Last week, National
Public Radio interviewed
several of those experts of
the variety who like to
think about the ways economic
trends effect the way
people live and vice versa.
Reporter Robert Siegel interviewed people like urbanist Richard Florida and historian David Kennedy and author William Greider about how they thought the current recession will change lifestyles in the future.
Florida, who is the author of several books on the ``Creative Class,’’ including ``Rise of the Creative Class’’ and ``Flight of the Creative Class,’’ also addressed the post-recession future in a piece in The Atlantic magazine.
He points to the late 1800s when America’s economic, cultural and literal landscape was dotted by small mercantile towns pieced together by a patchwork of productive farmland.
That was at the beginning of the Long Depression, which began in the 1870s and ended near the turn of the 20th century, when the America landscape was less about small mill towns, and more about industrial powerhouses like Cleveland, Detroit, Buffalo and Pittsburgh.
He also describes the way the Great Depression of the 1930s put into motion the rise of suburbs.
On NPR, he repeated his theory that home ownership will no longer figure to heavily into the American dream. At the same time, the rental experience will change substantially for the better.
My favorite theory came from Greider, the author of ``Come Home America.’’ He told NPR that, after the recession, people will ``drive smaller cars and live larger lives.’’
How lovely. How simply optimistic. And how mottoworthy. Driving a smaller car can mean literally driving a smaller, more fuel-efficient car, of course. But it can also be a metaphor for reining in all types of excessive and even destructive consumption and consumerism, especially when you pair it with the goal of living a larger life.
For as long as I can remember, the idea of a larger life was about reaching for something (literally some thing) bigger and better. Bigger house, bigger car, zippier car, even bigger house, new furniture, newer furniture. Living life to its fullest could be quantified by how much you spent, even if you had to dip way, way, way into the plastic to do it.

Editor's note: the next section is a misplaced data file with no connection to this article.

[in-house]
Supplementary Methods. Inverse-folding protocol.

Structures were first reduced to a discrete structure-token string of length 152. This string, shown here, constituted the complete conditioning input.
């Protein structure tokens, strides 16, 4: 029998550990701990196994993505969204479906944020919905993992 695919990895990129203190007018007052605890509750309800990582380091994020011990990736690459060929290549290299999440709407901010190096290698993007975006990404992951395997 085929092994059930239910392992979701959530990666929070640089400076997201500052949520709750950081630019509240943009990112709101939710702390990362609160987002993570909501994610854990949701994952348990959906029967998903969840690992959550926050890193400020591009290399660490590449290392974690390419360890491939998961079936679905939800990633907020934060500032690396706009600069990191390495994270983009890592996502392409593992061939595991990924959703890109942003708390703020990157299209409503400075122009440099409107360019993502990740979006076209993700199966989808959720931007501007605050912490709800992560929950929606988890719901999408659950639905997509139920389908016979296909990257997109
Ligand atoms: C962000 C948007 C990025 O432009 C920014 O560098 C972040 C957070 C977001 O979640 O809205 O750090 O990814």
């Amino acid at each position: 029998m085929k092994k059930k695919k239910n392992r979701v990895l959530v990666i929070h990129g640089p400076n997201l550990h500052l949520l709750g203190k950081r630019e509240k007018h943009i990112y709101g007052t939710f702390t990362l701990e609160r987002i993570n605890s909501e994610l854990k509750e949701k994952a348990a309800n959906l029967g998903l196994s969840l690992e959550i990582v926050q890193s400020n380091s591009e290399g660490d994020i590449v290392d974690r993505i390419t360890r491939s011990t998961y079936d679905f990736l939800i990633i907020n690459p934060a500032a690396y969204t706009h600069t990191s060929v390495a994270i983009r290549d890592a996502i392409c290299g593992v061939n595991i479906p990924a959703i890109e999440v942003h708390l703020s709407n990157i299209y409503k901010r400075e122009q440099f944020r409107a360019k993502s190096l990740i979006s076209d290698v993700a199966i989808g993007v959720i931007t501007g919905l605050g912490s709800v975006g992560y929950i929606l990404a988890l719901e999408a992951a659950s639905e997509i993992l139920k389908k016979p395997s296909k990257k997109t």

This ``new normal’’ probably won’t look like that. Harvard economist Kenneth Rogoff told NPR that the current crisis is not unlike an economic heart attack.
It’s not a bad analogy, I suppose, except that most of us committed sins akin to eating the odd French fry or spending a little too much time in front of the tube. The real cause was the years and years of cocaine- crack-and-Red-Bullfueled cash feeding frenzy called credit default swaps, toxic assets and mortgagebacked securities. In this analogy, I guess the world is a conjoined twin, one of whom eats a little too much fast food, while the other one parties like Lindsay Lohan.
No matter. We’ve had our wake-up call, and we get to decide what the new normal looks like. Are we going to party to the bitter end? Are we going to snap like a rubber band in the opposite direction and become a nation of ascetics?
Or are we going to be like the person whose heart attack sends us to yoga class, teaches us to reevaluate where we spend both our money and our time, and turns out to be the best thing that ever happened? For all our sakes, I hope we’re the latter.
I hope we all find smaller cars and larger lives.
Elizabeth Trever Buchinger is planting a victory garden as soon as the ground thaws.
You can connect with her at www.moremindfulfamily. wordpress.com or by email at Villagewordsmith@gmail. com.